In the fall of 1999, I was a student at Owens State Community College in Toledo, Ohio. I had earned my GED and was nearing completion of my associates degree. I lived and co-parented with a man that I met when I was a homeless seventeen-year-old. Tony had started out as an exciting lover but never morphed into a good life partner. Everything about our lives together felt tenuous and desperate.
The Old Millennium was dying. The New Millennium was dawning. And I didn't think I was ready for it.
I spent my days mentally composing quatrains for every one of the doomed futures I foresaw. There were quatrains for me flunking out of school, for Meredith starving to death, for our return to the gutter, and for me and Meredith's bloody murders.

Meredith Woke Him up From a Nap
Blood pools on a toddler-sized bed.
Blood drips from a toddler-sized fist.
Horror in my chest as we kissed.
It's a fantasy that I dread.

I envisioned myself scrawling these quatrains on college-ruled notebook paper that I cut into tiny squares, then gathering all the squares and flinging them up at the trailer's low ceiling. I watched them float lazily down to the worn carpet. It took too long. Maybe Nostradamus's spirit kept them aloft? I had time in my fantasy to swallow two fistfuls of aspirin before the quatrains settled on the floor. I collapsed among them.
I could never see past that point. There was no future for me or my family. And, if Nostradamus was to be believed, there was no future for anyone else, either. The Old Millennium was dying. The New Millennium was dawning. Or was it?

On a rainy Tuesday in early September, I found myself alone in Books a Million. My English lit professor had cancelled class at the last minute, Tony was at work, and I had an hour and a half before I was due to pick up Meredith from daycare. Unstructured free time! I felt a little at loose ends and roamed the store aimlessly, sipping from a seventy-five-cent gas station cappuccino. I eventually meandered over to the occult section. Back in the day, most of my bookstore excursions wound up there. In the pre-Amazon-dot-com era of book shopping, book sellers played fast and loose with categorizations, and nowhere was this more evident than in the occult section. Most subject categories aren't up for debate. History sections only contain books on history, westerns would never be shelved with romance, and you won't find Stephen King novels in the travel section. But it's not so cut and dry in the occult section. There, you might find an anthropological text on folk Catholicism shelved alongside Rachel Pollack's 78 Degrees of Wisdom, and above a shelf full of Big Foot erotica. You never knew what you'd find. I loved the chaos of it all.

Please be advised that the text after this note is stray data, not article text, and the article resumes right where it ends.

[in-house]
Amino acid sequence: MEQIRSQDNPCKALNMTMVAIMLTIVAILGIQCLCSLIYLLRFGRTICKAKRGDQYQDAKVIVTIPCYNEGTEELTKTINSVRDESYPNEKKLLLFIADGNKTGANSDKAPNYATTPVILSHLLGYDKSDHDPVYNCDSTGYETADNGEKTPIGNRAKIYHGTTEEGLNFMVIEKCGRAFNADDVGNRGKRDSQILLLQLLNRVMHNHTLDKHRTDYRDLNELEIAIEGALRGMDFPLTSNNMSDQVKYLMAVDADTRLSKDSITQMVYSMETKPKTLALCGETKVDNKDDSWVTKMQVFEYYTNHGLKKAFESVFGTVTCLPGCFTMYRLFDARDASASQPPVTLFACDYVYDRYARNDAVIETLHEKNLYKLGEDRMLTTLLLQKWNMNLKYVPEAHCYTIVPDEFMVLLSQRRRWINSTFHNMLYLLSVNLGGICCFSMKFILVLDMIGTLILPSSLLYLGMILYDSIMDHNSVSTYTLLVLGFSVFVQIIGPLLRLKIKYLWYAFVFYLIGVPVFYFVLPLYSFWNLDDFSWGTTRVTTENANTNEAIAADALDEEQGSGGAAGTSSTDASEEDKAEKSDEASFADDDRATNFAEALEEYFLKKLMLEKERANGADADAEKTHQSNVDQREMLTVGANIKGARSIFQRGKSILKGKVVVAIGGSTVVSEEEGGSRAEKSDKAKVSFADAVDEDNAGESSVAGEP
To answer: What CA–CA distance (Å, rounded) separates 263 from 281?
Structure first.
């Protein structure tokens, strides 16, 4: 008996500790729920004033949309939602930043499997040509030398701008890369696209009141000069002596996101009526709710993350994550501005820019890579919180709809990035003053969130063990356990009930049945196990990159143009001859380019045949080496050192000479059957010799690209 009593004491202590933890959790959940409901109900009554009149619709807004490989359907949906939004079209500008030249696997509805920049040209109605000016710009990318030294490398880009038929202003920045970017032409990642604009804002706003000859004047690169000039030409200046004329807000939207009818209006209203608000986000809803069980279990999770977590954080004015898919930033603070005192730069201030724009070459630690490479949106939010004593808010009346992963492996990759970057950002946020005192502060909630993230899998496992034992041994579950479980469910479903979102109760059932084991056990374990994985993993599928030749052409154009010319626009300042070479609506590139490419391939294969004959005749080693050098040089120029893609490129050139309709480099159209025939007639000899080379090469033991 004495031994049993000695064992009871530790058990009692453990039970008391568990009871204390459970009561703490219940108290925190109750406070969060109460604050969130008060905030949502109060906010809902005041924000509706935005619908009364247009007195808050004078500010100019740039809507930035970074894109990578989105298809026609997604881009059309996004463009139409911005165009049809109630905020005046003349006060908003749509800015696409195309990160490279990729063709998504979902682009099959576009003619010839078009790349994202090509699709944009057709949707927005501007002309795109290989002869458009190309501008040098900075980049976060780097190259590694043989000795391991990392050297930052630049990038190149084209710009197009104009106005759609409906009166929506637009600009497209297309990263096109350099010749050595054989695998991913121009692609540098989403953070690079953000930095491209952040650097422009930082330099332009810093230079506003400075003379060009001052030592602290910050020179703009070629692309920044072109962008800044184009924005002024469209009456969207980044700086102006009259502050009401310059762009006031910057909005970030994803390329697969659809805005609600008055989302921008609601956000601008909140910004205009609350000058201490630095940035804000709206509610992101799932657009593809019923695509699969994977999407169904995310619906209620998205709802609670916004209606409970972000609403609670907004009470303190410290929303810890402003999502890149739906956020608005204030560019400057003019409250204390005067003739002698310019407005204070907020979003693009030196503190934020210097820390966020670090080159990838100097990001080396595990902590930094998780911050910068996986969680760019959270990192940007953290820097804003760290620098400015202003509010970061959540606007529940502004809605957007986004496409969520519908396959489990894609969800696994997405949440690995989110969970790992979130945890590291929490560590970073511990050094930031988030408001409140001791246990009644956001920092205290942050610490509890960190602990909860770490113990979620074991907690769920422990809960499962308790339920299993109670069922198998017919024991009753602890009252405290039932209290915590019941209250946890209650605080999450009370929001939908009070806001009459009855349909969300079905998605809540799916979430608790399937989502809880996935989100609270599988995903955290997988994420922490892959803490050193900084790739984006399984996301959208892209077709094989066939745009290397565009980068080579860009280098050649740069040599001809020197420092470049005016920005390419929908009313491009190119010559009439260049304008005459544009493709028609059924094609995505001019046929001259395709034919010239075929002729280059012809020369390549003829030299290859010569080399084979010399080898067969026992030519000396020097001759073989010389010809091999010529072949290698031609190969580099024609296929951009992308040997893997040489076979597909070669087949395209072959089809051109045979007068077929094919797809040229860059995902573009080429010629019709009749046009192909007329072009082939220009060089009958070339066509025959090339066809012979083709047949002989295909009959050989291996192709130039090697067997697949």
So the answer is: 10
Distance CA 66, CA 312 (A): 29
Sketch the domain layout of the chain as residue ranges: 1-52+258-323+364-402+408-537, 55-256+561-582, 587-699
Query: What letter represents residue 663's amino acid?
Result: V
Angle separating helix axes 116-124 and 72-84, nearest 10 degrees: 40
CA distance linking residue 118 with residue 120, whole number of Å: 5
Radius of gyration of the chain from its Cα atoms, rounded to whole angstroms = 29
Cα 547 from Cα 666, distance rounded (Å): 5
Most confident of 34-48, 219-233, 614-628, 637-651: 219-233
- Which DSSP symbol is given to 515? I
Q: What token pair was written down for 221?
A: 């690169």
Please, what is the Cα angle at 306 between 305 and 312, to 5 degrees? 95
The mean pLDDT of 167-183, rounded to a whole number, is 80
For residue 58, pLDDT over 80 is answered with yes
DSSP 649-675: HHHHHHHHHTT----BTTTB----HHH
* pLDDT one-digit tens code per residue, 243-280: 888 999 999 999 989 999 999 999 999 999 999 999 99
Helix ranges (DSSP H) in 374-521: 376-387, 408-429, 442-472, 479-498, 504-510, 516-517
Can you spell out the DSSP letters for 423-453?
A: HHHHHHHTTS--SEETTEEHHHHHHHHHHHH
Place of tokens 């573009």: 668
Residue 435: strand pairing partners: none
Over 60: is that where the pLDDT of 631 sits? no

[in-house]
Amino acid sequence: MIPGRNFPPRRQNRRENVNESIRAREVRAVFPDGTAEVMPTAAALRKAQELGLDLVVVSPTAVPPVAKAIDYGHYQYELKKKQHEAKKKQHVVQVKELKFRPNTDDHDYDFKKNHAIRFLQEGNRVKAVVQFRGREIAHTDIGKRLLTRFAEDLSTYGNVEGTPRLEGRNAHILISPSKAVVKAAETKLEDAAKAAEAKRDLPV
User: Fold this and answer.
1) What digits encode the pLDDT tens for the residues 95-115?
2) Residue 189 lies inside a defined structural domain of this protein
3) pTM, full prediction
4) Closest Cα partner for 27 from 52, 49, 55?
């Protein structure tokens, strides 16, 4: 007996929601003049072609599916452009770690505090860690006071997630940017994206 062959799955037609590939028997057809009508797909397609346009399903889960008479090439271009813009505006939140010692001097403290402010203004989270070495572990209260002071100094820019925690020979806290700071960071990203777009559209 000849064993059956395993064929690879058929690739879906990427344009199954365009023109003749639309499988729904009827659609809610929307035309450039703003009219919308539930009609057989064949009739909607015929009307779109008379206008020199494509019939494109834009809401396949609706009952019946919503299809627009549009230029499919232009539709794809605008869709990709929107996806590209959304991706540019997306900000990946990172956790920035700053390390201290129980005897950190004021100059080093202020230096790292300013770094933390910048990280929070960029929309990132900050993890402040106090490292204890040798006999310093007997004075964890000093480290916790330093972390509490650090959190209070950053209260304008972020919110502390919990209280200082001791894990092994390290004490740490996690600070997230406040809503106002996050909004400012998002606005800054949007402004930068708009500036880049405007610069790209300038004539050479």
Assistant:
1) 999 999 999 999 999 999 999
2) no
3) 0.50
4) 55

That afternoon, in that occult section, one book figuratively leapt off the shelf at me: Nostradamus 1999: Who Will Survive? By Stefan Paulus. I read the title three times in succession, my heart beating faster with each reread. I'd heard of Nostradamus, of course. He was that long-dead European soothsayer. But I didn't know he had written anything about the current day, or about anything that was relevant to me.
1999: Who will survive?
The familiar nightmare film of death and destruction flickered behind my eyes. I saw the hastily scrawled poems —quatrains of starvation, murder, and despair— fluttering down around my prone body while Tony towered above me with a knife held aloft. The scene ended the way it always did: in blackness. No future.
1999: Who will survive?
The book cost $19.95. We had $23.54 in our bank account, a half tank of gas, and three packs of cigarettes between us. Payday was the day after tomorrow. We'd make it. I bought the book.